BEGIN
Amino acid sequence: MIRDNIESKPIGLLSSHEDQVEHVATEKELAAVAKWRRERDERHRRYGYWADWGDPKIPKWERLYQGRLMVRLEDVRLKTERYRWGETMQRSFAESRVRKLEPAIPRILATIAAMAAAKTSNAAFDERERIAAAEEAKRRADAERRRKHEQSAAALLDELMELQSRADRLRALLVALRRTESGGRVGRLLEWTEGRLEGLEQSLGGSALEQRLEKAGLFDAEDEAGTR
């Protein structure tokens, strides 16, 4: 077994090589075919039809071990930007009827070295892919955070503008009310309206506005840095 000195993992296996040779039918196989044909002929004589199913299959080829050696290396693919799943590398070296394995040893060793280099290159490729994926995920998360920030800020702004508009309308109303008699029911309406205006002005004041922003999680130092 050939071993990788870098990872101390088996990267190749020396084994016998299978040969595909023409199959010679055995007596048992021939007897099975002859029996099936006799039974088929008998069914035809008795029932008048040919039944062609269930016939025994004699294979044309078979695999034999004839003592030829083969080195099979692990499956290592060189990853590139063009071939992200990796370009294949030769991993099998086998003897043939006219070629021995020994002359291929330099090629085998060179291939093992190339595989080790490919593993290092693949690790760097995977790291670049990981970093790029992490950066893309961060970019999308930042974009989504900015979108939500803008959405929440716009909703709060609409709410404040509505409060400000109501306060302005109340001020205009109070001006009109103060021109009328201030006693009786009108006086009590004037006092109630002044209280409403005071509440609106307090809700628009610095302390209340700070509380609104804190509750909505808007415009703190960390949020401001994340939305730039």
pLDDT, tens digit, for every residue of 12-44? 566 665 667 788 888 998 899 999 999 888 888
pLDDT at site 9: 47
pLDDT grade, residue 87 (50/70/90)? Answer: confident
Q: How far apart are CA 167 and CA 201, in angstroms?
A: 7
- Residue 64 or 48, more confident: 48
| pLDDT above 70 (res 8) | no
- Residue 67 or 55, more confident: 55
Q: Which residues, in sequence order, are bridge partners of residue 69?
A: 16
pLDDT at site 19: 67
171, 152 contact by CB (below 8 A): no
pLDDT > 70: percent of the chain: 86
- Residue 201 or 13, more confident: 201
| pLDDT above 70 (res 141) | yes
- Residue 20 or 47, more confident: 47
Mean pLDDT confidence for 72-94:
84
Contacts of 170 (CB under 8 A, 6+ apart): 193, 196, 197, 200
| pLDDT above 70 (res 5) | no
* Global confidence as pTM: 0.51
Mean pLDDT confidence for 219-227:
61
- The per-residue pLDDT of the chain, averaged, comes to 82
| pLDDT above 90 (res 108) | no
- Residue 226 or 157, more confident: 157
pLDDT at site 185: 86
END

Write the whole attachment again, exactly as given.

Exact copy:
Amino acid sequence: MIRDNIESKPIGLLSSHEDQVEHVATEKELAAVAKWRRERDERHRRYGYWADWGDPKIPKWERLYQGRLMVRLEDVRLKTERYRWGETMQRSFAESRVRKLEPAIPRILATIAAMAAAKTSNAAFDERERIAAAEEAKRRADAERRRKHEQSAAALLDELMELQSRADRLRALLVALRRTESGGRVGRLLEWTEGRLEGLEQSLGGSALEQRLEKAGLFDAEDEAGTR
């Protein structure tokens, strides 16, 4: 077994090589075919039809071990930007009827070295892919955070503008009310309206506005840095 000195993992296996040779039918196989044909002929004589199913299959080829050696290396693919799943590398070296394995040893060793280099290159490729994926995920998360920030800020702004508009309308109303008699029911309406205006002005004041922003999680130092 050939071993990788870098990872101390088996990267190749020396084994016998299978040969595909023409199959010679055995007596048992021939007897099975002859029996099936006799039974088929008998069914035809008795029932008048040919039944062609269930016939025994004699294979044309078979695999034999004839003592030829083969080195099979692990499956290592060189990853590139063009071939992200990796370009294949030769991993099998086998003897043939006219070629021995020994002359291929330099090629085998060179291939093992190339595989080790490919593993290092693949690790760097995977790291670049990981970093790029992490950066893309961060970019999308930042974009989504900015979108939500803008959405929440716009909703709060609409709410404040509505409060400000109501306060302005109340001020205009109070001006009109103060021109009328201030006693009786009108006086009590004037006092109630002044209280409403005071509440609106307090809700628009610095302390209340700070509380609104804190509750909505808007415009703190960390949020401001994340939305730039």
pLDDT, tens digit, for every residue of 12-44? 566 665 667 788 888 998 899 999 999 888 888
pLDDT at site 9: 47
pLDDT grade, residue 87 (50/70/90)? Answer: confident
Q: How far apart are CA 167 and CA 201, in angstroms?
A: 7
- Residue 64 or 48, more confident: 48
| pLDDT above 70 (res 8) | no
- Residue 67 or 55, more confident: 55
Q: Which residues, in sequence order, are bridge partners of residue 69?
A: 16
pLDDT at site 19: 67
171, 152 contact by CB (below 8 A): no
pLDDT > 70: percent of the chain: 86
- Residue 201 or 13, more confident: 201
| pLDDT above 70 (res 141) | yes
- Residue 20 or 47, more confident: 47
Mean pLDDT confidence for 72-94:
84
Contacts of 170 (CB under 8 A, 6+ apart): 193, 196, 197, 200
| pLDDT above 70 (res 5) | no
* Global confidence as pTM: 0.51
Mean pLDDT confidence for 219-227:
61
- The per-residue pLDDT of the chain, averaged, comes to 82
| pLDDT above 90 (res 108) | no
- Residue 226 or 157, more confident: 157
pLDDT at site 185: 86